This article was also published in the Financial Times.
In New York six months ago, Chris Corbin and Jeremy King from The Wolseley in London joined forces with Graydon Carter, editor of Vanity Fair, to re-open The Monkey Bar in the Elysée Hotel, a restaurant that first saw the light of day in 1936.
Last month, and only six blocks away on the city’s chic Upper East Side, Caprice Holdings, the company that Corbin and King created but subsequently sold, has just opened Le Caprice as part of the Pierre Hotel facing Central Park.
Both teams seem to have taken the discretion that is their hallmark with them as it was not easy to get answers as to what differences these Londoners have encountered in their new, adopted city.
There were some, however. In the kitchen, English may be a common language but not a common denominator in describing how dishes are to be cooked. The scrambled eggs with smoked salmon may be runny in London, for example, but never in New York. New Yorkers, according to one seasoned hand, are less adventurous eaters but demand their bill (sorry, check) on the table even faster than those in London.
And one GM, just back from a month in New York and for whom welcoming his female guests as warmly as social mores permits is a particularly attractive part of his job, did add that maybe New York just had the edge in this regard. 'Ladies do dress more to outdo each other, over there, I believe', he said with a smile.
Then there is the customers’ very different perception of which tables are the best. In London the preference is for corner tables or those on banquettes where people can sit side by side. In New York it is for any table as close to the entrance as possible so that leading a customer through the dining restaurant to what they believe is ‘social Siberia’ is a most unpleasant duty. Hence the maxim in New York that ‘it is not what you eat but where you sit’ that is crucial to any restaurant’s success.
The Monkey Bar takes this principle to extreme. Its long, narrow, busy bar opens on to the reception area at the top of a short flight of stairs that reveal the two levels of tables below. And while those on the lower level are comfortable if cramped (and I was continually reminded of my mother’s maxim to eat with my elbows firmly tucked in), the best seats are obviously in the ten booths on the upper level with the colourful murals of Fats Waller, Isadora Duncan and many performers in the background.
These booths are, however, solely at Carter’s disposal and I was reliably informed the bookings list is sent to him every morning so that he can allocate them as he sees fit.
This divisive approach is definitely improved by the fact that Corbin and King have worked their usual magic in creating a sense of fun and excitement in such a confined arena. But our meal was punctuated by a series of small errors and then capped by one major one.
The slice of foie gras came seared on the outside, as described on the menu, but raw inside. When we sent it back the waiter returned with a second, properly cooked piece, after a few minutes and thanked us for our ‘profound patience’. The veal chop was not correctly trimmed. I had to point out to the waiter that the US$89 bottle of Termes Bodegas Numanthia he served was 2007 not 2006 as on the list (on which all the prices are inordinately high). Carter’s mother may have been a wonderful woman, but the butter tart named after her on the dessert menu definitely does not do her justice. And, finally, the ‘butcher’s paper’ on the tables, rather than the linen the location and prices demand, seem symptomatic of a management paying only lip service to the customer.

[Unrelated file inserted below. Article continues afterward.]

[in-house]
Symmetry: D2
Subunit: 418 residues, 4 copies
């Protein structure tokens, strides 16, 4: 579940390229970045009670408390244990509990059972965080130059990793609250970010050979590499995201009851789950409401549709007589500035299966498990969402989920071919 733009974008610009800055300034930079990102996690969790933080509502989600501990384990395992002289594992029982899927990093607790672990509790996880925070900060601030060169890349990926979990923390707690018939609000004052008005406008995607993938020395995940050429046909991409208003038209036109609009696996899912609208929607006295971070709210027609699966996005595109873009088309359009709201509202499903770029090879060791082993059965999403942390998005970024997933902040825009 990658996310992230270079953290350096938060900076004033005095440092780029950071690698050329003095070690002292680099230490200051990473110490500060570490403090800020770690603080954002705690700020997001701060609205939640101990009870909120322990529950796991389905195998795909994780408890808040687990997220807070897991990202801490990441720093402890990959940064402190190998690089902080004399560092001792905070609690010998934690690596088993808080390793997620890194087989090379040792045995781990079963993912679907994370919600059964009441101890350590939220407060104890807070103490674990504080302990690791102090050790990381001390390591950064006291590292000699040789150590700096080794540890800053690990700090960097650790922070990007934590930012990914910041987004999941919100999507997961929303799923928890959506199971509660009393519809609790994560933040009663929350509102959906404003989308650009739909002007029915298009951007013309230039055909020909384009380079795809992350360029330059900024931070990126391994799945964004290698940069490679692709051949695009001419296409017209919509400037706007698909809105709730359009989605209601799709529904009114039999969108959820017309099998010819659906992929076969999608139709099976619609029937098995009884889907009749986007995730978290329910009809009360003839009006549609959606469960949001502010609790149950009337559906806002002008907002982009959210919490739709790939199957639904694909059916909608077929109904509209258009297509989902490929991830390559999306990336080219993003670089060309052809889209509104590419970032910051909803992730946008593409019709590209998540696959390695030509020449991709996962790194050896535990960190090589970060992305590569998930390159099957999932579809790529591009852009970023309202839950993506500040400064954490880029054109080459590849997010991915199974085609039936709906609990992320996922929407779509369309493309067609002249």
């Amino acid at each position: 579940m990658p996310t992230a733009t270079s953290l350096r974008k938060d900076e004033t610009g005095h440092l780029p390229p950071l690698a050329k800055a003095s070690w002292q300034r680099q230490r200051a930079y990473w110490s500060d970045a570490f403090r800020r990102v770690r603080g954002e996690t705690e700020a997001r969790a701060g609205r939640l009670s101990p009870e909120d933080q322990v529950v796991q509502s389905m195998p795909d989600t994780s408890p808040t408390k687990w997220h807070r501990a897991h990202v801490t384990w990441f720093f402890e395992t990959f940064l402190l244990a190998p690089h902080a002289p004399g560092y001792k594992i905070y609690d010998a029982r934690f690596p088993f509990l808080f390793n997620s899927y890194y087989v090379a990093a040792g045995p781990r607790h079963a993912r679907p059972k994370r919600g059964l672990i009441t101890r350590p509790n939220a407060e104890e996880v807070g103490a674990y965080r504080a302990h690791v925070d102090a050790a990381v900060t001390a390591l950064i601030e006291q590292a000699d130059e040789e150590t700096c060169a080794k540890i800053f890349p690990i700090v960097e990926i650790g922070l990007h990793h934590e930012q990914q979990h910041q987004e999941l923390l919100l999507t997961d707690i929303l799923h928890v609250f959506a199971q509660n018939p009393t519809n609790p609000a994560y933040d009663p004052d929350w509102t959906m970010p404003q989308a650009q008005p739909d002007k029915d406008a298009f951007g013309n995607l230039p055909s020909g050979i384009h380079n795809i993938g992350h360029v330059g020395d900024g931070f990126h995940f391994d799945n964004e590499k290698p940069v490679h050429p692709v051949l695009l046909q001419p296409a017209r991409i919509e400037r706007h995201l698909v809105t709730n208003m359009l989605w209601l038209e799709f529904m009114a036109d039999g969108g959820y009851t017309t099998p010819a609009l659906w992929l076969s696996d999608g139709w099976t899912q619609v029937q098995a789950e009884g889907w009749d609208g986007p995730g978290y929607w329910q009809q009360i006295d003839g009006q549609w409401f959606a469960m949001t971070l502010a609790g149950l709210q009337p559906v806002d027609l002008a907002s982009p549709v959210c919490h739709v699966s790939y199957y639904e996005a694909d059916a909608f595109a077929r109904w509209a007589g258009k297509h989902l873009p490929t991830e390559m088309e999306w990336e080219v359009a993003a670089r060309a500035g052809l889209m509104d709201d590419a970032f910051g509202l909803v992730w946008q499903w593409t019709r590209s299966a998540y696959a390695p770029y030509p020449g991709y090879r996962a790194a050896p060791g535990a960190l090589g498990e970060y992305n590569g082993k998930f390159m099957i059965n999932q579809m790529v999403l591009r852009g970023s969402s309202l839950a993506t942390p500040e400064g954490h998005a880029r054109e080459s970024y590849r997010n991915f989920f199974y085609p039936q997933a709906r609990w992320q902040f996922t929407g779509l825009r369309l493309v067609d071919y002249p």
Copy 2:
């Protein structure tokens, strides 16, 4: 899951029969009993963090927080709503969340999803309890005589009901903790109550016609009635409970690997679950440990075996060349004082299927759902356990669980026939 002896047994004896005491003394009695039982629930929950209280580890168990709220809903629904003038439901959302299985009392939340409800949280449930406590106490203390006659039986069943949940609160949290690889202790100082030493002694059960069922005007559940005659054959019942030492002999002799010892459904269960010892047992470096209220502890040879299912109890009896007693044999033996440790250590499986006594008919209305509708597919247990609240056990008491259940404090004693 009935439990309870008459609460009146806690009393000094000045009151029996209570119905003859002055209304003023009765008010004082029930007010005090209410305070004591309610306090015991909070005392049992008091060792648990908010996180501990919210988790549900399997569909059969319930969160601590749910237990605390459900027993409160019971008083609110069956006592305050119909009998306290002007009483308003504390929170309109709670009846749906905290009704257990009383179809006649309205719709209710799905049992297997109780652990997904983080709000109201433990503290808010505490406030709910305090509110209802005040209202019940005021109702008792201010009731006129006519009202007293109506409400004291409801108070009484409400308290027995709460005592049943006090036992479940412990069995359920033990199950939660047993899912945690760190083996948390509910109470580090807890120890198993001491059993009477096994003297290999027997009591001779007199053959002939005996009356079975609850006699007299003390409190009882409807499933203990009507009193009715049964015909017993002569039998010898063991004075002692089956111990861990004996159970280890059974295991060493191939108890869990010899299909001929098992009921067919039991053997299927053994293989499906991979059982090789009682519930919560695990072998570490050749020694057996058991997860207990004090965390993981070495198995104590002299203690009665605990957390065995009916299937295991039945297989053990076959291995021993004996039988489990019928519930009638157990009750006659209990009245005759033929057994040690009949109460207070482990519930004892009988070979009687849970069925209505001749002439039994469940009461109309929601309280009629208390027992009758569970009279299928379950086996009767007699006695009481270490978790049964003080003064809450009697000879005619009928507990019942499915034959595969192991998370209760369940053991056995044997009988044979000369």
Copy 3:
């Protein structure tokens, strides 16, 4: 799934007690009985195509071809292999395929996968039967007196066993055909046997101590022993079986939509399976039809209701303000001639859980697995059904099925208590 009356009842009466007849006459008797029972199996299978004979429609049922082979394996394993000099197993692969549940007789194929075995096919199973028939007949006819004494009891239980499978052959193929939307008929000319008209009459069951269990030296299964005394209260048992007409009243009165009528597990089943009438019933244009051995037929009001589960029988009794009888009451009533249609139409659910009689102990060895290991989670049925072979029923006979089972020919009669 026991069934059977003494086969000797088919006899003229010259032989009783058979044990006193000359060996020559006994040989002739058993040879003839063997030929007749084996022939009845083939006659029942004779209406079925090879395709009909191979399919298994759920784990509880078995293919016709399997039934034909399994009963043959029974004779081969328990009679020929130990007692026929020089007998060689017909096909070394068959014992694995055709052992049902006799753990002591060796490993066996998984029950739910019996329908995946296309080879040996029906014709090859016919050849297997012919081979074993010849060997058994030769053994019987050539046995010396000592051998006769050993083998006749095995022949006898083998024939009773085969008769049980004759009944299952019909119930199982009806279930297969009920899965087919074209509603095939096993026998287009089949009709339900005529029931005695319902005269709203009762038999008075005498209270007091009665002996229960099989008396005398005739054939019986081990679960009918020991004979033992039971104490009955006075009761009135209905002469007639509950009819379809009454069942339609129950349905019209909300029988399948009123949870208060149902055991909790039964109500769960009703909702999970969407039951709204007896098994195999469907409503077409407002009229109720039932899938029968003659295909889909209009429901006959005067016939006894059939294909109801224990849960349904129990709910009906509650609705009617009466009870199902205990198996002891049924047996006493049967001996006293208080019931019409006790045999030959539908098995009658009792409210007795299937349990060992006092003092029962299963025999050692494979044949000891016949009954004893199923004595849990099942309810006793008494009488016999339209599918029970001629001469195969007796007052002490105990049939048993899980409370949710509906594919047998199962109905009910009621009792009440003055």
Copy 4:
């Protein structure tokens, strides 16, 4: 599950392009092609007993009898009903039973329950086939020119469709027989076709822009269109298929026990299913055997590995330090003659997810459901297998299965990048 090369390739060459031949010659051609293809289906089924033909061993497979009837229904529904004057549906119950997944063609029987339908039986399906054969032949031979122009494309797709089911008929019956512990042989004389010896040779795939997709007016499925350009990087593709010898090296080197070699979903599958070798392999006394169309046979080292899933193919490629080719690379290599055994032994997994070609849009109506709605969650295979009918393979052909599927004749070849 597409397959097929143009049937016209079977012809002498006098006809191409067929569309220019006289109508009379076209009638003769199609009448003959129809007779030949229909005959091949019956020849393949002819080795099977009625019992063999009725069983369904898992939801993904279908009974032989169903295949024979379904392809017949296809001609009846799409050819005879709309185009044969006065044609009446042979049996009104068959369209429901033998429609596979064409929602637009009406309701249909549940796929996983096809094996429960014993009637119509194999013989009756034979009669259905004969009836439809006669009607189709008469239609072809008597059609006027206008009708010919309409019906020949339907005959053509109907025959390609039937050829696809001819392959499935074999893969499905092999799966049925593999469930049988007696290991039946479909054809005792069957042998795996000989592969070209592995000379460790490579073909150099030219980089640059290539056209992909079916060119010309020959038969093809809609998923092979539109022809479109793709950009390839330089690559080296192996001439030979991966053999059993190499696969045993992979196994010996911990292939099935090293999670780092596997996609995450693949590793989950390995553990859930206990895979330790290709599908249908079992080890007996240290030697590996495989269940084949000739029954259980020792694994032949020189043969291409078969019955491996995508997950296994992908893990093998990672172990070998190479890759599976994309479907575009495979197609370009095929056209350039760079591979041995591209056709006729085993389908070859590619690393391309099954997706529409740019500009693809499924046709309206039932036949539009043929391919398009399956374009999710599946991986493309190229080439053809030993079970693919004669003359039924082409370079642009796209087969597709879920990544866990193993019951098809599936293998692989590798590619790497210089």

This was confirmed as we left. Standing at the top of the stairs was Larry Forgione, the chef who kick-started the renaissance of American cooking with ‘An American Place’ 25 years ago and is now working here as the obviously necessary consultant. Dressed in chef’s whites, he surveyed the room but as we walked right by him he chose to say nothing. No good night; no thank you for coming; no enquiry as to whether we had enjoyed the evening or whether I considered my US$350 for dinner for three had been well spent. And he certainly showed no interest in whether we will return. We won’t.
My old restaurateur friend welcomed the invitation to dinner at Le Caprice in New York (pictured) because a visit to the London original had always been a priority on his itinerary. Bangers and mash at Le Caprice followed by a stiff martini at Duke’s Hotel round the corner is his proven antidote to jet lag.
This particular dish does not appear on the current menu but there are plenty of old favourites that do on a menu laid out in exactly the same format. Risotto, pastas, steak tartare and fish and chips are all there with only the necessary language transpositions. Beetroots are beets and mushy peas are minted pea puree.
And while the kitchen has found its feet quickly, with a dry chicken alla Milanese the only disappointing dish among the nine we ate, it was encouraging to see the menu already offering daily specials, including an excellent shellfish bisque with tarragon crème fraîche.
But both the kitchen and the waiting staff will have to work very hard to match the elegance of the restaurant’s interior. Faced with the constraints of a long, narrow room with a low ceiling, designer Martin Brudnizki has used the strong black and white features of the London original, plus huge cash resources I am sure, to create a restaurant that exudes elegance and comfort.
And one where, even though some tables are further away from the front door than others, all customers are viewed as equals.
The Monkey Bar, firstname.lastname@example.org
Le Caprice, www.capriceny.com